Still yet another object of the present invention is to provide a new cruise control economizer which provides in the apparatuses and methods of the prior art some of the advantages thereof, while simultaneously overcoming some of the disadvantages normally associated therewith.

Still another object of the present invention is to provide a new cruise control economizer for selectively controlling throttle to a vehicle traveling on a downhill incline to gain momentum with minimum fuel consumption.

Yet another object of the present invention is to provide a new cruise control economizer which includes a housing, vehicle speed and brakes and clutch pressed from the cruise control, two POM (prolongation of momentum) switches, a microcontroller, a serial port, a throttle setback control and an optional mercury tilt switch.

Still yet another object of the present invention is to provide a new cruise control economizer for reducing fuel consumption by providing a maximum use of gravity to accelerate a vehicle downhill by using a partial throttle above set cruise speed to get a higher speed operation during downhill operation and by delaying return to full throttle using a partial throttle when speed falls to the set cruising speed on a flat run out and on an uphill run following downhill operations and in so doing reducing the downhill throttle to less throttle than is used to maintain set cruise speed on level ground.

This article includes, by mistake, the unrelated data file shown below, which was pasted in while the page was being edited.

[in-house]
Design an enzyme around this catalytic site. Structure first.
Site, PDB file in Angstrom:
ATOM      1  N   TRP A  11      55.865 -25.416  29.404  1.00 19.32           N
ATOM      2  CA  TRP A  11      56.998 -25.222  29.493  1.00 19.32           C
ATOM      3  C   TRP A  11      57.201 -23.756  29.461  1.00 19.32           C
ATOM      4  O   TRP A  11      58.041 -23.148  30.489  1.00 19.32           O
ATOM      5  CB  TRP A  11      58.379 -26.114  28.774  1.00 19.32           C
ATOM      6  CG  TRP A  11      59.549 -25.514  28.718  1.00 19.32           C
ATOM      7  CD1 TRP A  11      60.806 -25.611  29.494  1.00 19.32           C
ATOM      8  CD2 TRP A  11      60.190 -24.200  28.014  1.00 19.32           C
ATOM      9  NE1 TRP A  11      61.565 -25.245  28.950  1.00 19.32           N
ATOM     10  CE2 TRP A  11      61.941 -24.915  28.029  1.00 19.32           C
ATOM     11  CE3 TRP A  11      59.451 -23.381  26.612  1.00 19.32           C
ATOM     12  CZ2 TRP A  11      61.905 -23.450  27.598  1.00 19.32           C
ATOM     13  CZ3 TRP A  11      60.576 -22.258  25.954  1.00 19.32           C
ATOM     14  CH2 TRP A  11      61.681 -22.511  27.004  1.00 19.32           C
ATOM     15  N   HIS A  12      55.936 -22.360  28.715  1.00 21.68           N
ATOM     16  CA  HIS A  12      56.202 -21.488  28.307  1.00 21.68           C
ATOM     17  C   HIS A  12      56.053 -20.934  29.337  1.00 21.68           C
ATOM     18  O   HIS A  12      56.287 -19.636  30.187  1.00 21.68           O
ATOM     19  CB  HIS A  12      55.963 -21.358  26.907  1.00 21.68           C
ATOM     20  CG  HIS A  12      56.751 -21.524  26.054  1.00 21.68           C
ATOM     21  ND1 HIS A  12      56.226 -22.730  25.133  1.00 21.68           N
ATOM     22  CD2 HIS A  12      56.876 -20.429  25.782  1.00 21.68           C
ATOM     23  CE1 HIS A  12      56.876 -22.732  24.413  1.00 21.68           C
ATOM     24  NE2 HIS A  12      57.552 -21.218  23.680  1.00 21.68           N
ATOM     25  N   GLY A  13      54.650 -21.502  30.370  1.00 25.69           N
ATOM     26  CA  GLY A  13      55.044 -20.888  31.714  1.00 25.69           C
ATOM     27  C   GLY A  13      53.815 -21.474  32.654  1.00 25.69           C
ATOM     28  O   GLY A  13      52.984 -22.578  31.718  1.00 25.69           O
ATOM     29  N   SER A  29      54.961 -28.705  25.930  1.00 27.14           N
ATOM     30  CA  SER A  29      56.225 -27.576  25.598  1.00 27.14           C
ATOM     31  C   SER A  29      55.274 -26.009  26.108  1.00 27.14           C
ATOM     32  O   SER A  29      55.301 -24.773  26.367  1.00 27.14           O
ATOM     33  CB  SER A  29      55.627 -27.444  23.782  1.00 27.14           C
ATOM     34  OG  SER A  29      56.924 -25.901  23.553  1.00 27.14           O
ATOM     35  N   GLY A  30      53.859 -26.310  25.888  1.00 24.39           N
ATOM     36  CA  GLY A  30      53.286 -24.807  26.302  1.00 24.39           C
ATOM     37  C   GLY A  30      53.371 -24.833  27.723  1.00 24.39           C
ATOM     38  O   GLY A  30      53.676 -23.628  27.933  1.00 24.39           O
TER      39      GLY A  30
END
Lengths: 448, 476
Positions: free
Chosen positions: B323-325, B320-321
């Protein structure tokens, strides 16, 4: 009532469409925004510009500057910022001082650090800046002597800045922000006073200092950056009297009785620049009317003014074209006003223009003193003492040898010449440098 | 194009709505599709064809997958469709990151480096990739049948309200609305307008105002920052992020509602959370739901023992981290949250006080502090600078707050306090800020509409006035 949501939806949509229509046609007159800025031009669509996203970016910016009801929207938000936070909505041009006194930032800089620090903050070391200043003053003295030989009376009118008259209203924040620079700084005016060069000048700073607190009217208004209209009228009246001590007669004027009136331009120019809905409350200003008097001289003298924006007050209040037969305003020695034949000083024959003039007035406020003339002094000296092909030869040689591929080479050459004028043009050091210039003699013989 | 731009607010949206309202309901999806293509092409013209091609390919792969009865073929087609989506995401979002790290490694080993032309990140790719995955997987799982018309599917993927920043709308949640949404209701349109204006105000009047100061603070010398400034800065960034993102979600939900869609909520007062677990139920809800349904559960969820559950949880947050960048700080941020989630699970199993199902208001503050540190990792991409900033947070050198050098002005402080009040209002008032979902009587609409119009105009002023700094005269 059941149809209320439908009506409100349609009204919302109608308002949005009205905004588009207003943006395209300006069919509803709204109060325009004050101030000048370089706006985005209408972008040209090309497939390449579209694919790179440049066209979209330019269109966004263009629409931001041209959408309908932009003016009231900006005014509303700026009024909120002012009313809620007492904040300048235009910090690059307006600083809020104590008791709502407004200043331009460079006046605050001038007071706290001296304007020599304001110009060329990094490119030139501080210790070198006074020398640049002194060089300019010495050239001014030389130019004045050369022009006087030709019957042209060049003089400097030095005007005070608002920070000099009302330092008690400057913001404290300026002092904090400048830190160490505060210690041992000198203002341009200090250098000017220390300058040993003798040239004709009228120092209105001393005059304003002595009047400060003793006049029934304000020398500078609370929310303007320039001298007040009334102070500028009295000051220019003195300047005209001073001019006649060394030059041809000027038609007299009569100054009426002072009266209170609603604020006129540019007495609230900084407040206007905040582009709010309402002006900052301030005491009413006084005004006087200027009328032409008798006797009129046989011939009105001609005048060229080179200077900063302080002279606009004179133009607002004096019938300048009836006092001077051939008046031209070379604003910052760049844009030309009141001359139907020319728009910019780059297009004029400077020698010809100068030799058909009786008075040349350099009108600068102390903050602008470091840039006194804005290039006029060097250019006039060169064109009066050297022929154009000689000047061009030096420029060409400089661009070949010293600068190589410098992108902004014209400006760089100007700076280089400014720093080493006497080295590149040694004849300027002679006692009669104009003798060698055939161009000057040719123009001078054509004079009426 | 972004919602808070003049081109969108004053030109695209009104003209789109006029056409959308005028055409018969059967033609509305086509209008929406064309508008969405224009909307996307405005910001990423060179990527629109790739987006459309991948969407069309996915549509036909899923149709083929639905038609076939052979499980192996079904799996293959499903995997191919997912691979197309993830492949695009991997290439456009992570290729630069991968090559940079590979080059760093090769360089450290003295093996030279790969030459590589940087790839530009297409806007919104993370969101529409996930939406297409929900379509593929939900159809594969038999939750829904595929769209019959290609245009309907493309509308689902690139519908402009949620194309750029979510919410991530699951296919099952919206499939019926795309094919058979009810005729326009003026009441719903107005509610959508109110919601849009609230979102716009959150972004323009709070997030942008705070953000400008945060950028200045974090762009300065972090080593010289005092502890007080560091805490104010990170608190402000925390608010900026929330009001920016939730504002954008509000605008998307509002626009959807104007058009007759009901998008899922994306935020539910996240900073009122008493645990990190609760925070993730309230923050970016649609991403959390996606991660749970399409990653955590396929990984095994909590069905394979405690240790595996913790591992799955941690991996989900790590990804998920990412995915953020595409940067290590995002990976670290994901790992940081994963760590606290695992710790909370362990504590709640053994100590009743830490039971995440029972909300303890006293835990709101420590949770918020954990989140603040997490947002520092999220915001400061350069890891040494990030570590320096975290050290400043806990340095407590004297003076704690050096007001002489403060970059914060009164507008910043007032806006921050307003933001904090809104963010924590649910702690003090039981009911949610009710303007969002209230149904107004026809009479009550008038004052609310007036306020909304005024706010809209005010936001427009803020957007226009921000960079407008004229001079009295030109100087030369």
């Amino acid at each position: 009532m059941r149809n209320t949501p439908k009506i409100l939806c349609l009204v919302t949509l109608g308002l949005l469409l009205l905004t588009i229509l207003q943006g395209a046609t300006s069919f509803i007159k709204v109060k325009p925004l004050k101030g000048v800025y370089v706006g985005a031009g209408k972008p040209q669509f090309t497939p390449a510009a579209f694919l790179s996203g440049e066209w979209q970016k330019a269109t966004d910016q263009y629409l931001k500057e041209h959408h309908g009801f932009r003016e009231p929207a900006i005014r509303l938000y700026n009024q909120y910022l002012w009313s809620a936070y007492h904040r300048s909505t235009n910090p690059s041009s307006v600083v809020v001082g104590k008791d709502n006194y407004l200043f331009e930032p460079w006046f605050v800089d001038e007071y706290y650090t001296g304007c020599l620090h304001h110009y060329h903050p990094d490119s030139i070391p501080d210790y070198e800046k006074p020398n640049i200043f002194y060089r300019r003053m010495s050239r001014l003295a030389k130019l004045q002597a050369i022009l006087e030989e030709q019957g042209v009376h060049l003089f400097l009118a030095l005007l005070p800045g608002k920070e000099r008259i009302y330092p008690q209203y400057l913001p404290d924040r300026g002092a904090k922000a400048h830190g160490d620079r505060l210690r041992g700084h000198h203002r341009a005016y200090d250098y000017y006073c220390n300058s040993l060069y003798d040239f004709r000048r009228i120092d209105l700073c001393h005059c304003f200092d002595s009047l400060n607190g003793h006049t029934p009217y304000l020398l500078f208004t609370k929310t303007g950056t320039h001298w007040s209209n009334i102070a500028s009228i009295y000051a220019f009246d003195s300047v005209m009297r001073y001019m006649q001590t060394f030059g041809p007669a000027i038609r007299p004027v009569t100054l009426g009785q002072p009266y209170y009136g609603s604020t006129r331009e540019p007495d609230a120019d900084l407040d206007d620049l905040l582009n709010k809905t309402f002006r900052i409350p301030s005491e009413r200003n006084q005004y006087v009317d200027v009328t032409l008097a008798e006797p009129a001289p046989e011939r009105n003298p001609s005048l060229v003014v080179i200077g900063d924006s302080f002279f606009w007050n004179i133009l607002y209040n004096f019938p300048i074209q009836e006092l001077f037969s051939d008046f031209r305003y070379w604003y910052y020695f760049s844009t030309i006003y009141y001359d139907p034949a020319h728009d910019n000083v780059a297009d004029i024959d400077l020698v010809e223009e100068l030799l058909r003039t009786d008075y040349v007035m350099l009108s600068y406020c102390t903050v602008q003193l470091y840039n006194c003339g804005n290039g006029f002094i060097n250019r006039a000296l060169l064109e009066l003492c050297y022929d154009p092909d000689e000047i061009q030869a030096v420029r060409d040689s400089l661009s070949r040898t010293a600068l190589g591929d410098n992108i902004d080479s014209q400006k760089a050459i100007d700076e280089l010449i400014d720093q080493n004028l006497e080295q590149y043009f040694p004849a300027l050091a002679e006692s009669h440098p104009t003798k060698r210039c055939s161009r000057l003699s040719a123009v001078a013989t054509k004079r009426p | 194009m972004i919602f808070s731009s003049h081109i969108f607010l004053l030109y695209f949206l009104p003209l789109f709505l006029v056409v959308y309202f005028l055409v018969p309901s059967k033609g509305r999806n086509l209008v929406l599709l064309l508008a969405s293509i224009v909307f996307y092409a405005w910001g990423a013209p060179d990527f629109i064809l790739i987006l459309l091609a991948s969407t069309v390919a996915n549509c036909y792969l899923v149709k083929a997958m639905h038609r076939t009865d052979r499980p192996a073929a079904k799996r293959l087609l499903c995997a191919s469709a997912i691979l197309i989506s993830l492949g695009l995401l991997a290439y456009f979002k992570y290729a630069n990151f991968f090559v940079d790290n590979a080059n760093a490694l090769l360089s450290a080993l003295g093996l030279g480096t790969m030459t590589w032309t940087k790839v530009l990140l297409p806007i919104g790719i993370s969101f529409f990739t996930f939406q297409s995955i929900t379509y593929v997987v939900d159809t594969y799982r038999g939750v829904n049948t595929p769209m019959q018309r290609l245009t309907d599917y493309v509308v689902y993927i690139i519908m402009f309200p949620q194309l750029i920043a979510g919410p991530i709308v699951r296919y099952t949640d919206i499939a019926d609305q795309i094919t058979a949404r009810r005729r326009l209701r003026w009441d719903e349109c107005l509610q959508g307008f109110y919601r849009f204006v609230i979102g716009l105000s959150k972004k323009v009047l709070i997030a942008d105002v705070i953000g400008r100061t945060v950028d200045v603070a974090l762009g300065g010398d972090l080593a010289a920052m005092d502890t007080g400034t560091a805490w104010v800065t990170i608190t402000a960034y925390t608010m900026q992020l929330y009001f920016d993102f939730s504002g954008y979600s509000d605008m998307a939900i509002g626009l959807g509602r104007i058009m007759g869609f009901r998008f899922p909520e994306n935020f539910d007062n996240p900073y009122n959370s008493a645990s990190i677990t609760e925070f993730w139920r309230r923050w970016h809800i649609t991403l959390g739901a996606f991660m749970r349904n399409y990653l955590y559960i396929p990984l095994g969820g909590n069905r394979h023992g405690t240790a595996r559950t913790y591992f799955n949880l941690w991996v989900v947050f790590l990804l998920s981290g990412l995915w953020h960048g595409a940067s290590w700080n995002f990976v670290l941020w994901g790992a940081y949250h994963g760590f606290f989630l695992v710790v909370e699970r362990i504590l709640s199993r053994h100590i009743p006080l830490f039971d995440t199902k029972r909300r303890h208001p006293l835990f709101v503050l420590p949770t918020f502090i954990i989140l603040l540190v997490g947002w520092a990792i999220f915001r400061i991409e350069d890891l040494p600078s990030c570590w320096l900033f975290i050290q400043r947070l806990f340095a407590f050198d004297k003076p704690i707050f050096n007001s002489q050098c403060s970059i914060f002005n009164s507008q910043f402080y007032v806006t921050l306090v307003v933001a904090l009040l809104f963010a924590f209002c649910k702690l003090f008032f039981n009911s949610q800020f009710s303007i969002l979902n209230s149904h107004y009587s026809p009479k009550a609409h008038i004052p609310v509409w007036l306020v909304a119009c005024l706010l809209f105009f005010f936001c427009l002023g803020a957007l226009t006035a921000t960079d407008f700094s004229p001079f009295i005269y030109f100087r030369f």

Even still another object of the present invention is to provide a new cruise control economizer is useable as an add on module to existing cruise controls.

These together with other objects of the invention, along with the various features of novelty which characterize the invention, are pointed out with particularity in the claims annexed to and forming a part of this disclosure. For a better understanding of the invention, its operating advantages and the specific objects attained by its uses, reference should be had to the accompanying drawings and descriptive matter in which there is illustrated preferred embodiments of the invention.